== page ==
Photo: Japanese knotweed © gerald_at_volp_dot_com, CC BY-SA 3.0.
Note: This is a science outreach piece belonging to a series I wrote for the newsletter of the Fredericton Botanic Garden. I’d be happy to see it modified for use elsewhere and so am posting the text here under a CC BY-NC 4.0 license. If you use it, though, I’d appreciate hearing where and how.
A visit to a garden is a chance to see beautiful plants, and often, unfamiliar ones. For centuries, gardeners have scoured the world for beauty that evolved in far-off lands. Many of our most cherished garden plants, then, originated somewhere else – and being the first to grow something new and strange has always been something to boast of. The quest for new accessions is a fundamental part of gardening, and it’s fun and educational, but over the years it’s had its dark side, too. That’s because gardening has been an important pathway for the arrival of invasive alien plants (and other creatures).
“Invasive” plants are those that are not native to an area, but that establish there, spread, and cause ecological or economic harm. There are thousands of such plant invasions worldwide, and they cost human societies billions of dollars every year – between the cost of efforts to control their spread and the cost of damage done by species we don’t or can’t control. Among invasive plants that have come to eastern Canada via gardens are oriental bittersweet (Celastrus orbiculatus), Japanese knotweed (Fallopia japonica), Himalayan balsam (Impatiens glandulifera), and many others.
It’s no coincidence that gardens are a pathway for plant invasions. Ecologists have studied, with some sense of urgency, the dynamics of these invasions – hoping to understand which plant species, and which routes of spread, are the most worrisome threats. This work points to two complementary reasons that gardens, unfortunately, favour the establishment and spread of invasives.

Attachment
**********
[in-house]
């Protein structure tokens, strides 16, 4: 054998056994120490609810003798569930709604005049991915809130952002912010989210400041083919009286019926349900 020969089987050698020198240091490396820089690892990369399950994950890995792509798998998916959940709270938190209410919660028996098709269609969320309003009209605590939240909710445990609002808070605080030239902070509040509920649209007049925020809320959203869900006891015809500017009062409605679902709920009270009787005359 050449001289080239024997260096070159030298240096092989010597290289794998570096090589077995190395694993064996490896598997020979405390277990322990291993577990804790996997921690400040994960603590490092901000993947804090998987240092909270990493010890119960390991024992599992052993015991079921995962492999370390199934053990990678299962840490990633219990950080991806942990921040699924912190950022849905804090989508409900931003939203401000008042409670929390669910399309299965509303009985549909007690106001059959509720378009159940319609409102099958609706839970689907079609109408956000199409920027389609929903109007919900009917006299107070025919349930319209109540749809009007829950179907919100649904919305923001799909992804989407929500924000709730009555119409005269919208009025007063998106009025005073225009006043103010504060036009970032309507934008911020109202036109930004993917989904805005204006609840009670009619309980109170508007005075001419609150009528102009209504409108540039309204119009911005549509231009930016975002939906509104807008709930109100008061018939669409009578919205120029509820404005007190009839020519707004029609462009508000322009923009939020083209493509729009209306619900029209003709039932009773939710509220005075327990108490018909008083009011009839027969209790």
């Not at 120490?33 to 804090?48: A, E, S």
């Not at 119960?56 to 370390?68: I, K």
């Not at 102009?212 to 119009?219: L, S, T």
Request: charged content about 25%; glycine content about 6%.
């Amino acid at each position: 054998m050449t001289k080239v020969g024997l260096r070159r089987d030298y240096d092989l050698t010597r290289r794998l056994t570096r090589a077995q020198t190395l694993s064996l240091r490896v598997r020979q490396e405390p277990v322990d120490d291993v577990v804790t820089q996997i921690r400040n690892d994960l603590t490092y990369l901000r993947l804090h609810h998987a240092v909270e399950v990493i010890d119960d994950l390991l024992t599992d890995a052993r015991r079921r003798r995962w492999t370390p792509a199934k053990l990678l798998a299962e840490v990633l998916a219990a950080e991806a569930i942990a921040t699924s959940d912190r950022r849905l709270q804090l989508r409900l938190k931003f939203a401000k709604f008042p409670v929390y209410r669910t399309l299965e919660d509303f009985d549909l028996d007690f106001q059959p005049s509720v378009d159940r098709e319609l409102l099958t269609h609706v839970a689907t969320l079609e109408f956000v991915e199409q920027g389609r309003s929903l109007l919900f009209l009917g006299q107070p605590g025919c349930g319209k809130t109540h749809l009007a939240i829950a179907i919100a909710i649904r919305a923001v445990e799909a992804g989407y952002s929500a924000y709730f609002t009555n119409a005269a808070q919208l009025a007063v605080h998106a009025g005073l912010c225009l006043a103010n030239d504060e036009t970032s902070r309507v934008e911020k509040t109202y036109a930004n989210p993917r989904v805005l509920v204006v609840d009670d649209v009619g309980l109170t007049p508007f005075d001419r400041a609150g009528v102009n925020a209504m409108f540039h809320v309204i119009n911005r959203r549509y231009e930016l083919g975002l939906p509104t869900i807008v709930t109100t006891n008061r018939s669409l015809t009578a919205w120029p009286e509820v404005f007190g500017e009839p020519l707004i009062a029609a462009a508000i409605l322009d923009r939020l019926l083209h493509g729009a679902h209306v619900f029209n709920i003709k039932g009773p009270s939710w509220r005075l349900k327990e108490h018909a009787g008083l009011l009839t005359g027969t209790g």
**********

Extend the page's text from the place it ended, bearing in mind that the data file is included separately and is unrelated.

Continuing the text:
First, a set of plant characters turns out to be associated with successful establishment, and then spread, of a species outside its native area. Several of these traits are the very things that might endear a species to gardeners. These include fast growth (fills its spot quickly!), early and copious reproduction (lots of flowers!), tolerance of a wide range of ecological conditions (easy to grow!), lack of natural enemies (no pest damage!), and competitive superiority over other plants (doesn’t need weeding!). The advertising copy writes itself, doesn’t it? The very species gardeners might dream of growing the ones ecologists might worry about as invasives.
Second, we’ve learned that even the worst invaders often have trouble, at the beginning, establishing a beachhead. Many non-native plants are introduced, only to persist briefly in a small population before dwindling to local extinction. This may be because the few individuals present aren’t found by pollinators, or don’t have neighbours to share pollen with; or it may just be that small populations are always vulnerable to random events, to the vicissitudes of storms and freezes and other chance disturbances. Many invasive species, in fact, are introduced over and over again before they finally overcome the disadvantages of their initial rarity and begin to spread. But a gardener, of course, will work assiduously to buffer their plantings from these disadvantages. In tending the garden, in working actively to maintain the few individuals of a prized exotic, in weeding and fertilizing, in fencing from deer and soap-spraying free of aphids; in all these things, the gardener provides a sheltered toehold for a not-quite-yet-established invasive species. This is why gardens are beachheads.
What, as gardeners, might we do about this? Most importantly, all gardeners should know what they’re planting and should think twice about their choices. Japanese knotweed might give you an instant patch of lush greenery – but it’s nearly impossible to dislodge when you tire of it, and it spreads beyond your garden to damage native habitats. You won’t find that plant in our Garden, and we advise against planting it in yours. But that’s just an example. So if you’re considering adding a new plant to your garden, it’s worth screening for invasiveness. Don’t assume that a plant you can buy at a nursery or through the mail is OK, or that a plant in a friend’s garden will be problem-free in yours. Instead, do some research: an internet search for (name of plant) + “invasive” will go a long way, as will questions asked of a local gardening expert or botanist. Knowing what you plant is part of being a responsible gardener – and it can be part of the pleasure of gardening too.
© Stephen Heard (firstname.lastname@example.org) March 1, 2018 but licensed CC BY-NC 4.0
Other Botanic Garden newsletter outreach pieces:
- The biology of plant galls
- Nature’s pharmacy? Medicinal plants in the Garden
- Why goldenrods don’t make you sneeze: the biology of pollination
- How plants prepare for winter
- What’s in a (Latin) name?
- Spring, light, and strategy on the forest floor
- The garden of insects
- There’s fungus among us
- Life under the snow
- Why is our garden green?
- The botany of henna
- Three witches in the woods